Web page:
Books of 2014

It’s the time for lists, apparently. I for one am pro-List.

I know many are anti, but for me end of year lists allow me to pick up on all the things I missed out on over the year- and there’s always a lot. I think there is a real risk that journalism is now slipping into the ‘world of lists’- the influence of Buzzfeed- dumbing down complex events into ’10 things’ for example. But for end of year round-ups of books, films and albums- I AM GAME.

I read a real mixture of old and new so I’m often quite slow on new releases and I’d struggle to compile 10 of the “best” books I read that came out this year as it would really just be the few new books that I’d read that year, so I’ve separated my list into two- The Best New Books I Read This Year, and The Best Old Books I Read This Year; with 3 of each.

Part One:

Every Day Is For the Thief- Teju Cole

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Teju Cole’s Open City (which I also read this year) wooed me with its melancholic Sebald-ian narrator, drifting through the urban environment, disengaged and detached. I’ve read quite a few articles which criticise Cole for the referential nature of Open City, and yes it is a richly detailed book with references to composers and artists, but it is not used to alienating effect (in my humble opinion), and rather, creates a detailed feel to the narrator’s head space. EDIFTT is less referential and more personal, mirroring Cole’s life to a certain extent, and thus is much more emotive that Julius’ narration in Open City. I wrote about the book in more depth here: http://www.litro.co.uk/2014/07/book-review-every-day-is-for-the-thief-by-teju-cole/

 

The Flamethrowers- Rachel Kushner

download (1) If I had to choose my book of the year- it’d probably be this. I read this over the summer and I often find myself thinking back over the story and the characters, and it has over time become one of my favourite books I’ve ever read. I can’t quite put my finger on what makes The Flamethrowers such a poignant and touching book, but something about the story of futurism and motorcycles and the late 70s New York art scene and its unswerving addressing of authenticity in art, really chimed with me. I haven’t read anything else by Kushner, but from this book, here is an author who controls language and form with beautiful finesse- highly, highly recommended.

 

The Absent Therapist- Will Eaves

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This is the kind of book that I lap up. One, it’s from the wonderful CB Editions, whose books are beautifully minimal in their design, and fantastic in their choice of authors. Two, its short. I don’t like short book because they’re short. But there’s something about a 100 page novel that is just as (or more) powerful than a 1000+ page brick- see Jean-Phillipe Toussaint, Ann Quinn…The Absent Therapist is made up of little bursts of prose, a thousand different voices tied together by this idea of ‘The Absent Therapist’. Often funny and frequently touching, Will Eaves manages to touch something profound without having to say it, and manages to discuss our own foibles and idiosyncrasies in a subtle and gentle way.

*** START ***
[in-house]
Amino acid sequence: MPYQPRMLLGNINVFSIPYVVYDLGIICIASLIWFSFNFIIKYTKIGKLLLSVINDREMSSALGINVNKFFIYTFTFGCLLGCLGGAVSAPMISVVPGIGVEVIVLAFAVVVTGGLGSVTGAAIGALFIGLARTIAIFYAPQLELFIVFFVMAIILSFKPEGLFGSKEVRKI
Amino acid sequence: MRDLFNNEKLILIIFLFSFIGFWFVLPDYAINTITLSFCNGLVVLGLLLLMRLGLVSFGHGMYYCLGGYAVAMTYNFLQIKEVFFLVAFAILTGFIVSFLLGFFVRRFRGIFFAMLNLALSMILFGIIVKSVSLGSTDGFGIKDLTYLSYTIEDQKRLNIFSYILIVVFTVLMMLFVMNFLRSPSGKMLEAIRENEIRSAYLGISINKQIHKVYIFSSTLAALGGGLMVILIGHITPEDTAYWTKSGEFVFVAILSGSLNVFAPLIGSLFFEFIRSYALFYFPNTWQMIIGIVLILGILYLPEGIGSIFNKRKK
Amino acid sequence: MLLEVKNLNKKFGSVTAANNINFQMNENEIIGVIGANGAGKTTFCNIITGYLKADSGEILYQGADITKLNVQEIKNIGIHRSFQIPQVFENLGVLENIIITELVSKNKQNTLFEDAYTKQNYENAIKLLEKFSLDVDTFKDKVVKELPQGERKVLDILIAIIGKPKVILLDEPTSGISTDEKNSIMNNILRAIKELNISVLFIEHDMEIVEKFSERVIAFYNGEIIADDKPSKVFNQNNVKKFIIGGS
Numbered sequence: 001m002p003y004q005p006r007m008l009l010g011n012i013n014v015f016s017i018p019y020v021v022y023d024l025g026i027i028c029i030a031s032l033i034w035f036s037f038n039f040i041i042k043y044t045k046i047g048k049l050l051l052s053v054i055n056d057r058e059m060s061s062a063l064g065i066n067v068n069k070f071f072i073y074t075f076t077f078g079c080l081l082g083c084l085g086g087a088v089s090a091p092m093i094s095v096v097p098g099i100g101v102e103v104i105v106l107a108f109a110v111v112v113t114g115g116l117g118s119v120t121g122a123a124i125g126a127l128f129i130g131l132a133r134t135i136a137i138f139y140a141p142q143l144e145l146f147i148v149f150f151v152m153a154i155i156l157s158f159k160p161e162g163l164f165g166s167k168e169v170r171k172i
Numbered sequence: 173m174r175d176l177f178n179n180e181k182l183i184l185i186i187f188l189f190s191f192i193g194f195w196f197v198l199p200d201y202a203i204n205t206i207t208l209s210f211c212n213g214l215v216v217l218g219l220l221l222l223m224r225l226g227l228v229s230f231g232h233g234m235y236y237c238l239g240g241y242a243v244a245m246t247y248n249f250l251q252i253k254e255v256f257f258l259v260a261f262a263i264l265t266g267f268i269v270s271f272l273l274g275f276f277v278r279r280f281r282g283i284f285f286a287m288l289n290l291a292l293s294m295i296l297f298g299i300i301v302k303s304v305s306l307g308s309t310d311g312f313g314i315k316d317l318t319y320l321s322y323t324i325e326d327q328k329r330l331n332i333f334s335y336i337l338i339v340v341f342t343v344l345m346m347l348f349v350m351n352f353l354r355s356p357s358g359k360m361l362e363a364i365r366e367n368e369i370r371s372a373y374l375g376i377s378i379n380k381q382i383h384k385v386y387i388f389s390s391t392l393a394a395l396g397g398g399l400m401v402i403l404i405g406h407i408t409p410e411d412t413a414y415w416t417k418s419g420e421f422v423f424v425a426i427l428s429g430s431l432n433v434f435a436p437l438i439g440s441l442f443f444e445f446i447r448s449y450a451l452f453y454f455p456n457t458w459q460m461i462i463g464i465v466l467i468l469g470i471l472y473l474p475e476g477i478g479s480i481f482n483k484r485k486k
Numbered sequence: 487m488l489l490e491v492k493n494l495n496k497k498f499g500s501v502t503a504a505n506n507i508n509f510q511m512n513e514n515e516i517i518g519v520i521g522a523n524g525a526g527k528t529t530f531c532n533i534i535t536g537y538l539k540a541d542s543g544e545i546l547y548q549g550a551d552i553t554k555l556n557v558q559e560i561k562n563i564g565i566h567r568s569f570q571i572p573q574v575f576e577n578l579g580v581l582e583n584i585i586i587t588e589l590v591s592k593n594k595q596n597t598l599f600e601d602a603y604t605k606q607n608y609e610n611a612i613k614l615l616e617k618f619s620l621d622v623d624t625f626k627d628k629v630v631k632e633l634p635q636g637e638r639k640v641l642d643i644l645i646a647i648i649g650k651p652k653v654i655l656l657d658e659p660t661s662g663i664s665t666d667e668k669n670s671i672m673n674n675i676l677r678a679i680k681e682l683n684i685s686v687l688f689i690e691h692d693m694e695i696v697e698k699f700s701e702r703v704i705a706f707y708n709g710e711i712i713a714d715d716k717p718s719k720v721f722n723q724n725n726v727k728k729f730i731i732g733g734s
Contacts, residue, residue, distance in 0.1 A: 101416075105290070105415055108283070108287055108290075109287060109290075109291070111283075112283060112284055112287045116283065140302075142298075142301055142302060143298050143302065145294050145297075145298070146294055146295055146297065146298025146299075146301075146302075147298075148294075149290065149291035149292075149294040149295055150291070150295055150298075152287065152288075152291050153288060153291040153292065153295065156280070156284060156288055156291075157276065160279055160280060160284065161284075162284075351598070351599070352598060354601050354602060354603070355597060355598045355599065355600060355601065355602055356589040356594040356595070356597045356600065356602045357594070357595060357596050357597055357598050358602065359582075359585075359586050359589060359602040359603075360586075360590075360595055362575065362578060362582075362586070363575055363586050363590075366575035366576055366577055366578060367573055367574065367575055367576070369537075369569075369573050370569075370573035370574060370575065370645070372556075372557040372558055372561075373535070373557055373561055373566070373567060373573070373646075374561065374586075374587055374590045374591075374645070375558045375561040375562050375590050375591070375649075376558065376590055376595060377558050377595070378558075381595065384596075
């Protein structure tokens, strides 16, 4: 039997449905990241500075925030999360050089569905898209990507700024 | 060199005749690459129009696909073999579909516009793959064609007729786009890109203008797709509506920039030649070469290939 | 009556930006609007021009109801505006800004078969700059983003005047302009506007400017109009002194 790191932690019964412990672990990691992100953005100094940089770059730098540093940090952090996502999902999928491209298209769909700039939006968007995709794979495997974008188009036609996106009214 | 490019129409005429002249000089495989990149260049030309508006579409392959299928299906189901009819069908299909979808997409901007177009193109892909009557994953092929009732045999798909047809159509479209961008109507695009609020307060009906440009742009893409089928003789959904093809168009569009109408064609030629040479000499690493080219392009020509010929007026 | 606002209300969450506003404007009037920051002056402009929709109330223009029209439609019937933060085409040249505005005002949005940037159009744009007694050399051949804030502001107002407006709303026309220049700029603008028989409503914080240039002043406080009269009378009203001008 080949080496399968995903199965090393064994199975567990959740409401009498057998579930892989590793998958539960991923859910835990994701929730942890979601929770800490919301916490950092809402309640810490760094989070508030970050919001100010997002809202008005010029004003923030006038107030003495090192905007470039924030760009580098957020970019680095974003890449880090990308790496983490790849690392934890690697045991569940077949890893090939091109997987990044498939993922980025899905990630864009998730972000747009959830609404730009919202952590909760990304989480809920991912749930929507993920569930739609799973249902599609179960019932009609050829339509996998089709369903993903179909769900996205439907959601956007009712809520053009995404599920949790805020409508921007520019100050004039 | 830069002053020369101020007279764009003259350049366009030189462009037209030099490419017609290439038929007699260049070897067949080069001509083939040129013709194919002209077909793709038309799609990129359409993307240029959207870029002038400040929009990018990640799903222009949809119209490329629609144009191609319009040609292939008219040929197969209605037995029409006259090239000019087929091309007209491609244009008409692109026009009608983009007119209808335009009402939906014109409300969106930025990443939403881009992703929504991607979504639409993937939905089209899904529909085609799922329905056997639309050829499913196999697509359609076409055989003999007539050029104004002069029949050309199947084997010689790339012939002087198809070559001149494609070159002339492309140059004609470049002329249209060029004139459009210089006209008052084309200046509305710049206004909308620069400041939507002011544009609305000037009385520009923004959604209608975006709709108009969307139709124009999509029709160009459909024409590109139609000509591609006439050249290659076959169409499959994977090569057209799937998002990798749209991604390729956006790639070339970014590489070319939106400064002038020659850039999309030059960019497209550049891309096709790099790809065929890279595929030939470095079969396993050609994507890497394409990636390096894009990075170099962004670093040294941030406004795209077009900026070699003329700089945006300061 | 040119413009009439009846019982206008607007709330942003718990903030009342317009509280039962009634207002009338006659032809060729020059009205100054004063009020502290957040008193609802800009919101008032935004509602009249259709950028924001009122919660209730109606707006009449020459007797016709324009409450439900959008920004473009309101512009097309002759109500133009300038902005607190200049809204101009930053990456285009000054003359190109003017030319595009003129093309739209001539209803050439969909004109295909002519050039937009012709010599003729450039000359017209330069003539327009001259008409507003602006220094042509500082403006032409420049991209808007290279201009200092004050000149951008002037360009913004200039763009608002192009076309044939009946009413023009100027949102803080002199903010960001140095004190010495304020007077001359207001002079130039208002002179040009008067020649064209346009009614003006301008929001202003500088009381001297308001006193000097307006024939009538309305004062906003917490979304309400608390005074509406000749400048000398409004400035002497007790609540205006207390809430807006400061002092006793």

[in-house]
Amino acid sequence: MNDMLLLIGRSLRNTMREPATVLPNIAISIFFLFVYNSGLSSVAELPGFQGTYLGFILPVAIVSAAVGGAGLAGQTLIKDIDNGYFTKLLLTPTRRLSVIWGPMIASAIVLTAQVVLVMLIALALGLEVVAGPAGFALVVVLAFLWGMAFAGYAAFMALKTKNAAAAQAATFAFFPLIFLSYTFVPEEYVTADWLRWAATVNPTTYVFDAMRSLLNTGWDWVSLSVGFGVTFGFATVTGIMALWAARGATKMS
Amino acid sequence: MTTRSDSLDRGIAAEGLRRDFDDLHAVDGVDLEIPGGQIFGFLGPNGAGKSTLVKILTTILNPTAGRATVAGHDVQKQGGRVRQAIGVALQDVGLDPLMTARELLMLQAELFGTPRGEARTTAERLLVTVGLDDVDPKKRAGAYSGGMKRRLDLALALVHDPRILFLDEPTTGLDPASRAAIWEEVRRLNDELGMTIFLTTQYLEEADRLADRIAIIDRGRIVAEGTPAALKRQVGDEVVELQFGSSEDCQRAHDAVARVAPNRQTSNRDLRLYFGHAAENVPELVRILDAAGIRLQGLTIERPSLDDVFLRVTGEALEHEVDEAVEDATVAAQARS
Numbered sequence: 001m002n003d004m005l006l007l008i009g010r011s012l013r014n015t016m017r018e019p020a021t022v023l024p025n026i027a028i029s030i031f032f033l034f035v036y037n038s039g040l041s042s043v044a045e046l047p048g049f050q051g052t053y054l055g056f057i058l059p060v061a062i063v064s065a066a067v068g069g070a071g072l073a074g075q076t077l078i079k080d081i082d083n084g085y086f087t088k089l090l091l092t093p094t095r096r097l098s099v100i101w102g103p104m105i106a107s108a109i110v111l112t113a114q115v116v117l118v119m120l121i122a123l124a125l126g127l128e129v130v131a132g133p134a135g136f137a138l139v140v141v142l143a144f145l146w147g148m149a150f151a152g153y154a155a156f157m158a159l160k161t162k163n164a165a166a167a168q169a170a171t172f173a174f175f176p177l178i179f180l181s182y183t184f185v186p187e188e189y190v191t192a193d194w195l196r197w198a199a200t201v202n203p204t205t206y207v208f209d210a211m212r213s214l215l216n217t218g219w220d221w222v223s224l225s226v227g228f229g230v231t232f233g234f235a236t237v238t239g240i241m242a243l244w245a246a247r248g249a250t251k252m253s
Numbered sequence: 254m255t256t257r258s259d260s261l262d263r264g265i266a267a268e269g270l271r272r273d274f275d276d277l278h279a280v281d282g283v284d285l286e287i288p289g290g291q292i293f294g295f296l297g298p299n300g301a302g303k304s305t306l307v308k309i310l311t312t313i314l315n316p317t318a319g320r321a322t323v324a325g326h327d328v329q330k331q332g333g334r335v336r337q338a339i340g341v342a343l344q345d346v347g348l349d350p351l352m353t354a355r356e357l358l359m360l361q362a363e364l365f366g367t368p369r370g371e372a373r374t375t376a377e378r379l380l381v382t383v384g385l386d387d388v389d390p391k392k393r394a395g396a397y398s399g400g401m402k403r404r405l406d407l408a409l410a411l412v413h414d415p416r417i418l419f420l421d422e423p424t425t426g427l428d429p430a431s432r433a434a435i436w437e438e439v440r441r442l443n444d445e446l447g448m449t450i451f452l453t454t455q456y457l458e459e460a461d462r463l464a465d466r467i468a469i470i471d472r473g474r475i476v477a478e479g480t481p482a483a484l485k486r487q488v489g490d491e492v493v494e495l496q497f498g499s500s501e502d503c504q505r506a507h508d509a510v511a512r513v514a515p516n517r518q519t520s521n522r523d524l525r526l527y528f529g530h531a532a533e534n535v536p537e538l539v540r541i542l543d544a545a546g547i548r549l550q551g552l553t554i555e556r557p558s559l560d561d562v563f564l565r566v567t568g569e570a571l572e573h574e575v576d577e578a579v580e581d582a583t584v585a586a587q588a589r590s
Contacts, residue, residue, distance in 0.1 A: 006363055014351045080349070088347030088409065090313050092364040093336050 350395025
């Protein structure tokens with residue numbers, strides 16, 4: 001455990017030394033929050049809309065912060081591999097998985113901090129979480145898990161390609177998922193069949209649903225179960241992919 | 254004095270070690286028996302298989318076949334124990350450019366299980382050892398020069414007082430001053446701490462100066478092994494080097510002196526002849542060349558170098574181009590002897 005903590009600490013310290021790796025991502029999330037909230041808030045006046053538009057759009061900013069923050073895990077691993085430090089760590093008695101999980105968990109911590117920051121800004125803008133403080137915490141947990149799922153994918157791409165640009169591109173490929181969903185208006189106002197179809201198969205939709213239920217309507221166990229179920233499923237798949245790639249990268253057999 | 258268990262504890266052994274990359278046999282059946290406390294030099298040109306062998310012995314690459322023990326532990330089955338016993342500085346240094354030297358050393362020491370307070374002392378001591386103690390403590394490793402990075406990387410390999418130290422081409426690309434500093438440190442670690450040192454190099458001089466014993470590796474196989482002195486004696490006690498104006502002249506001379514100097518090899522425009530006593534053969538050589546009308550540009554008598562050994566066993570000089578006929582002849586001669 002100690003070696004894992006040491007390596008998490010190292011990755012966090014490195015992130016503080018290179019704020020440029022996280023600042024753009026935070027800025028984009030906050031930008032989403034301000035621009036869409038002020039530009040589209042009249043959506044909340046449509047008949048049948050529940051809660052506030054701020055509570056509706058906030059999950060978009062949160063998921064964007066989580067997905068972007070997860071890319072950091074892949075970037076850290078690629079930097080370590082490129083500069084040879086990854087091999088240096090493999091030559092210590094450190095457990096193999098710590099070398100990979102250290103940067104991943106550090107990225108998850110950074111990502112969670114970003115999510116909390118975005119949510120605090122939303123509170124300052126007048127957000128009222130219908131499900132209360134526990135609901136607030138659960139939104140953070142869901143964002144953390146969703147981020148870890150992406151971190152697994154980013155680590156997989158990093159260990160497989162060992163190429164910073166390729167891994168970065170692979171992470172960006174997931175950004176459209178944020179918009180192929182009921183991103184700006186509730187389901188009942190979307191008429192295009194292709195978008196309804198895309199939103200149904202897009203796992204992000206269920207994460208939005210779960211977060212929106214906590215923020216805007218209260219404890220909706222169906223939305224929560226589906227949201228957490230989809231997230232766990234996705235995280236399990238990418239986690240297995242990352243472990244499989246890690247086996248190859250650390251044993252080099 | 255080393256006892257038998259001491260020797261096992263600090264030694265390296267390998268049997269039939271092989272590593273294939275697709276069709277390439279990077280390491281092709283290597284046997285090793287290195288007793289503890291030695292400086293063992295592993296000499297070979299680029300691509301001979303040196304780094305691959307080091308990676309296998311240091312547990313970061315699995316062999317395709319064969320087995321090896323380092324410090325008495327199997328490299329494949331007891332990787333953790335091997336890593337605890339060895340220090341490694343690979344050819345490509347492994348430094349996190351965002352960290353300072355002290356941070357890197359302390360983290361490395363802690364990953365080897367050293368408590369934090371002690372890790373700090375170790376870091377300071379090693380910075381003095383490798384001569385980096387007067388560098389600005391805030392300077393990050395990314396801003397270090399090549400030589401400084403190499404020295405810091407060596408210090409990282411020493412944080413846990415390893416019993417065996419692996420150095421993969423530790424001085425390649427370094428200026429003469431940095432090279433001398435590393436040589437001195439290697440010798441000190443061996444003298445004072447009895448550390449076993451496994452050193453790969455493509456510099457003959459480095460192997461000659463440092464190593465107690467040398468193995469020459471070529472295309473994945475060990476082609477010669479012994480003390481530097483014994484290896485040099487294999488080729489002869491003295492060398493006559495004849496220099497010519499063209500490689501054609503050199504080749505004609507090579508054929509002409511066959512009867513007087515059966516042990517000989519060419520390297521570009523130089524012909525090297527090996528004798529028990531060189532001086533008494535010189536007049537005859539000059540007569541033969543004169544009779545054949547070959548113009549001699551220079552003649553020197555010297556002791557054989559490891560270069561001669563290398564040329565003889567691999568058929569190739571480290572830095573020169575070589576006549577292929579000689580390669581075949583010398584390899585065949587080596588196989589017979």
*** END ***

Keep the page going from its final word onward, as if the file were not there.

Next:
Part Two:

The Blind Owl- Sedagh Hedayat

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I won’t repeat myself, as I’ve already written about this fantastic little book here: https://joepha.wordpress.com/2014/10/28/the-blind-owl-sadegh-hedayat/

 

Stealth- Sonallah Ibrahim

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A revered thorn in the side for Egypt’s tyrants, Sonallah Ibrahim is an author I’ve read  more about than I’ve actually read. Stealth is a child’s look through the keyhole into the adult world and the strange rituals that structure our everyday lives. The pacing of Stealth is really satisfying and is essentially a book about very little, but is a touching insight into the way that children perceive the adult world.

 

Three- Ann Quin

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The greatest British Female author? Yeah probably. Everyone should Ann Quin, they just have to. Quin stares unblinkingly at Middle Class life and its perverse morality (particularly sexual morality), and is unflinching in her unpacking of the repressed lives of those in the Middle Class. Quin was really a special talent and should be much more widely read- her sprawling structure trawls through the fragments of words and feelings that make up our lives, and pieces them into something beautiful and striking.

 

There is also a host of books that came out this year that I’ve got but probably won’t get round to reading till early next year but I imagine they’ll be great, they include:

 

F: A Novel- Daniel Kehlmann

Our Lady of the Nile- Scholastique Mukasonga

The Notebook-  Agota Kristof

The Author and Me- Eric Chevillard

 

And finally: Things to look forward to in 2015 which I also think will be great, or at least hope…..:

 

Satin Island- Tom McCarthy

Sphinx- Anne Garetta

The Laughing Monsters- Denis Johnson

In Light of What We Know- Zia Haider Rahman (Paperback version)

 

 

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